How does that old saying go? “You can’t judge a book by its cover“. This is true when it comes to Rhythm Heaven Fever, it’s the third installment in Nintendo’s Rhythm Heaven series, and the first one on home consoles. The boxart makes it look harmless, like another casual mini-game collection begging to be absorbed by the masses. After 15 minutes of playtime you’ll realize that this isn’t for the faint of heart, though. It’s pretty, features an amazing soundtrack, a blast to play, but its difficulty may be too much for some to handle.
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Title: Rhythm Heaven Fever
Release Date: February 13, 2012[/toggle_box]
- Simple, Challenging, Addictive – Motion controls don’t apply here, all you need to do is push A, and occasionally A & B. This is simple on paper, although, the game becomes challenging very quickly. You’ll fail—a lot, but it’ll be hard to put down the controller. Once you master a tough mini-game you’ll feel a true sense of accomplishment.
- Thick Black Lines – The art style features a ton of thick black lines, almost everything has an outline. This gives the game a bold look; it’s far from graphically intense, but even at sub-HD Rhythm Heaven Fever always looks charming.
- Practice Makes Perfect Sense – Timing is everything and if you want to pass you’ll have to pay attention during practice. If you’re still having trouble there are videos too. This helps when you can’t figure out what you’re doing wrong.
- Don’t Trust Your Eyes – Here it’s all about the music and staying on beat. Useless crap flashes across the screen in an attempt to throw you off. Don’t become annoyed, just focus purely on the musical cues.
- Tons of Mini-Games – There are over 50 mini-games to playthrough, and each of them has their own unique situation.
- Bring a Friend – If you want to see if you have more rhythm than your friends challenge them to a game in multiplayer.
- It’s The Reeemiiiix– Once you complete four games you’re treated to a remix/mash-up of all four stages. These are the most visually pleasing stages and the ones with the best music.
- Time For a Starbucks Run! – If you fail three times you can go to the coffee shop and the barista will offer to let you skip the troublesome event. She’ll quickly become your best friend.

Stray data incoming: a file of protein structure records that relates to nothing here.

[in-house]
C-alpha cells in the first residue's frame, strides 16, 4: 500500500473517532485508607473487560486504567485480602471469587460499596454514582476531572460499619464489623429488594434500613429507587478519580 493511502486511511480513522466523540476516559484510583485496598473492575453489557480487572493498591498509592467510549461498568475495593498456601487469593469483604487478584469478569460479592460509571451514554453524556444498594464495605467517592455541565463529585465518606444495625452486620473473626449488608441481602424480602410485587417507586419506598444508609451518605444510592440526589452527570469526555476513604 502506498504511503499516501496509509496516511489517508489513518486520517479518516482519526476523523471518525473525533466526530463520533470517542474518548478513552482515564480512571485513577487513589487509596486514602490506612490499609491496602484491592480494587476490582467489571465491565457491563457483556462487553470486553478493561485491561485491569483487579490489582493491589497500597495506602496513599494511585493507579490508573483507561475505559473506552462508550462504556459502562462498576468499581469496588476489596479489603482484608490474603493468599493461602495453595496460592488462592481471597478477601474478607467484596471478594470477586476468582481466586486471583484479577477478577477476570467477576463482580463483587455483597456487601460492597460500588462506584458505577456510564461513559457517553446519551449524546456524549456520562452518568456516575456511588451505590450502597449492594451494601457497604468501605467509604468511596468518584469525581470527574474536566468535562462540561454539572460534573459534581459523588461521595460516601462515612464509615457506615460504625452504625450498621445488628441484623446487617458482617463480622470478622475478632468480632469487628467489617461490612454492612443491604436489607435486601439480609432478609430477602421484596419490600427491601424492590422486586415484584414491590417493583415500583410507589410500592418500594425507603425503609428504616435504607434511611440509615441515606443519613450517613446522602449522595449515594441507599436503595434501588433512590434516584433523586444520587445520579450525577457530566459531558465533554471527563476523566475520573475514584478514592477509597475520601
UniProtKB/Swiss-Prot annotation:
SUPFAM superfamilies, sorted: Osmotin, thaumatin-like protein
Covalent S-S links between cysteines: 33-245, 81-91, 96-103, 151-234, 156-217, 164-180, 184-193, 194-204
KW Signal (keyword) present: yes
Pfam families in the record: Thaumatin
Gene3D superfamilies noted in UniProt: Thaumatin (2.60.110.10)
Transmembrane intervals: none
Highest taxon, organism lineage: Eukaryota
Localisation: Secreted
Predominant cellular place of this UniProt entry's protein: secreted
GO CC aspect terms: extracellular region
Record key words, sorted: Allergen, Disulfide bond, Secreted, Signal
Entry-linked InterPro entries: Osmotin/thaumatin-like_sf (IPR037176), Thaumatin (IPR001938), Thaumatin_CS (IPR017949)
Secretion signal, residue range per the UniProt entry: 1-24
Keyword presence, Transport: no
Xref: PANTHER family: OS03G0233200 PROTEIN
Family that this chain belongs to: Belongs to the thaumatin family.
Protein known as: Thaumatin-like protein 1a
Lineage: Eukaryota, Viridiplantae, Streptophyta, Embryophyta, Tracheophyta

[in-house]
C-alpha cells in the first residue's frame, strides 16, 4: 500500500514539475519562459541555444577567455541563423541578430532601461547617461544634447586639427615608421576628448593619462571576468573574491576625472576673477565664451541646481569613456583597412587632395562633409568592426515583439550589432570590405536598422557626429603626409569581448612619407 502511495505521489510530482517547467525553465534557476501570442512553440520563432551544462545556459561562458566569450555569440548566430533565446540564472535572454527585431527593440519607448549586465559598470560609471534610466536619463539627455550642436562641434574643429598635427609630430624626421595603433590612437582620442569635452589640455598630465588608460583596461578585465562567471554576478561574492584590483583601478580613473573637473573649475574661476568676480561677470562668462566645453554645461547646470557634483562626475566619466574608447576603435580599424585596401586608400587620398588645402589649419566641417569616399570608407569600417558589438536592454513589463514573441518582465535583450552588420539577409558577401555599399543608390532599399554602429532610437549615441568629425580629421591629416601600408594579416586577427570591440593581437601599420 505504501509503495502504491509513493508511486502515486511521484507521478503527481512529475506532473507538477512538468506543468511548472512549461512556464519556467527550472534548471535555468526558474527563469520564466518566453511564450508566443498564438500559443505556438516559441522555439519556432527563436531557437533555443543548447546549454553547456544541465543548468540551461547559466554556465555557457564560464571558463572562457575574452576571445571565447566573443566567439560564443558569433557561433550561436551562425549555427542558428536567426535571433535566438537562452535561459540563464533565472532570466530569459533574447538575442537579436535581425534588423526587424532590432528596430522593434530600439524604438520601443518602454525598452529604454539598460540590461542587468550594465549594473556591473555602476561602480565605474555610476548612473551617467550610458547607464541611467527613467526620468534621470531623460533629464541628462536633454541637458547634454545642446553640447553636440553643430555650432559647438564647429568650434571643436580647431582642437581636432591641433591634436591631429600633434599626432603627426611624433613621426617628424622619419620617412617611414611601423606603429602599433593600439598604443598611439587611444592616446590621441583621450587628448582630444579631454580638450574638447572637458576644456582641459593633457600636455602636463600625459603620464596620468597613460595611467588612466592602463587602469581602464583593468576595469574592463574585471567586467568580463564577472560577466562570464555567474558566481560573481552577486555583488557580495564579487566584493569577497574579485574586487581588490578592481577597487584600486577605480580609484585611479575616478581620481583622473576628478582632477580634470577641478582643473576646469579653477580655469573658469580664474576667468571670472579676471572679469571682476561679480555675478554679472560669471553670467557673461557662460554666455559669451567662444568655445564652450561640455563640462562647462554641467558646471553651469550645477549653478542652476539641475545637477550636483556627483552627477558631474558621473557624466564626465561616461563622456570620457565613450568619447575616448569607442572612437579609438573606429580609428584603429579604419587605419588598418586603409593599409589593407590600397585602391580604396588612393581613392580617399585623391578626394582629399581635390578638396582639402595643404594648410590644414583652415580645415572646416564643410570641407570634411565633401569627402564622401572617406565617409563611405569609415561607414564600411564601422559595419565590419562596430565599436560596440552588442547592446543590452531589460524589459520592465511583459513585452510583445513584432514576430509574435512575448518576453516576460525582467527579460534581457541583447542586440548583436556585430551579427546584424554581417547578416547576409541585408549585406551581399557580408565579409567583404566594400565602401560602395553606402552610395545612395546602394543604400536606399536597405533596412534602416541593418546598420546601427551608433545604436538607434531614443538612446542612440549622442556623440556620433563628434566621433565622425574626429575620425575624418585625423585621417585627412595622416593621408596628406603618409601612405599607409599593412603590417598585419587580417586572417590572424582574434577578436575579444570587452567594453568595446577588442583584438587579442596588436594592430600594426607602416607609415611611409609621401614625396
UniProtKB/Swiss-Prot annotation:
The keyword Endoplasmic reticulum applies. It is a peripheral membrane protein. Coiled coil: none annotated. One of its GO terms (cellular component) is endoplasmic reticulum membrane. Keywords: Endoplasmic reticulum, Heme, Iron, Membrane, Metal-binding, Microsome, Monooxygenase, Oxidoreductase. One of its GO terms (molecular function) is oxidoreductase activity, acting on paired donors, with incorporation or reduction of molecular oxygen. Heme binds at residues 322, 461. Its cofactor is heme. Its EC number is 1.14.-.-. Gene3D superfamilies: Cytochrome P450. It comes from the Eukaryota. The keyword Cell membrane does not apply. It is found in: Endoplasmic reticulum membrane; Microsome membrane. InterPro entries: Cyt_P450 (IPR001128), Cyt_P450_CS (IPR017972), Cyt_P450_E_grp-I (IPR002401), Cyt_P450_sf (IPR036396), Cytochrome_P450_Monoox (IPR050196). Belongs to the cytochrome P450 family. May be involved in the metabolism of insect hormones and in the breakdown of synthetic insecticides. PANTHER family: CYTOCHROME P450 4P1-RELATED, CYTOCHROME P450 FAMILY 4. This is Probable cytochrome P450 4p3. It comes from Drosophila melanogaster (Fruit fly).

- Wow, You Go Big Guy! – This is a meme addict’s dream game.
- Put This on iTunes – The soundtrack is mostly instrumental, but some vocals are thrown in occasionally. Vocals or not; you’ll have these tunes in your head for days.
- Cheap Fun – Rhythm Heaven Fever is only $29.99; this is the perfect price for a bunch of mini-games. You can get your groove on without breaking the bank.
- Falling Flat – Most of the games are fun, but a few bad seeds will put you to sleep, or make you want to break your Wii Remote.
- I Got Soul, But I’m Not a Soldier – Once again–timing is everything–if you’re off by a fraction of a second failure will become routine. This becomes slightly frustrating when you can’t catch the beat of a tricky section. Rhythm Heaven Fever leaves no room for error.
- Unlocked From The Onset – Every game should be unlocked from the start. Other rhythm games are doing this (e.g. Dance Central 2, Just Dance 3) so there really isn’t any excuse for making us sort through the crap to find the gems.
- No Progress Bar- You have to wait until the mini-game is over to see how well or bad you did. There’s no score counter or progress bar at the top of the screen. Sometimes you’ll think you had a good outing, only to find out you did horrible. Players should be able to tell how good they’re doing while playing. Seeing your score motivates you to try harder.
Rhythm Heaven Fever has a few issues, at times it feels too hard, and this ultimately makes things less enjoyable. But the good outweighs the bad, if you’re a fan of crazy Japanese games than this is worth the $29.99. Had a bad day? Come home and play this, it’ll bring a smile to your face in no time.
[box_light]We believe that the score is the least important part of a review. It’s tough trying to assign a numerical value to an experience. Furthermore, is there really a difference between a 7.5 and an 8? Gamers place too much importance on arbitrary numbers. This is why our scores are hidden by default. Only look at them if you absolutely need a number between 1-10 to see if a game is worth your time. You can read our review guidelines here. A copy of this game was provided by the publisher for review purposes.[/box_light]
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Replay Value: 8
Superb – Better than great, this game’s quality deserves praise. We highly recommend purchasing it.[/toggle_box]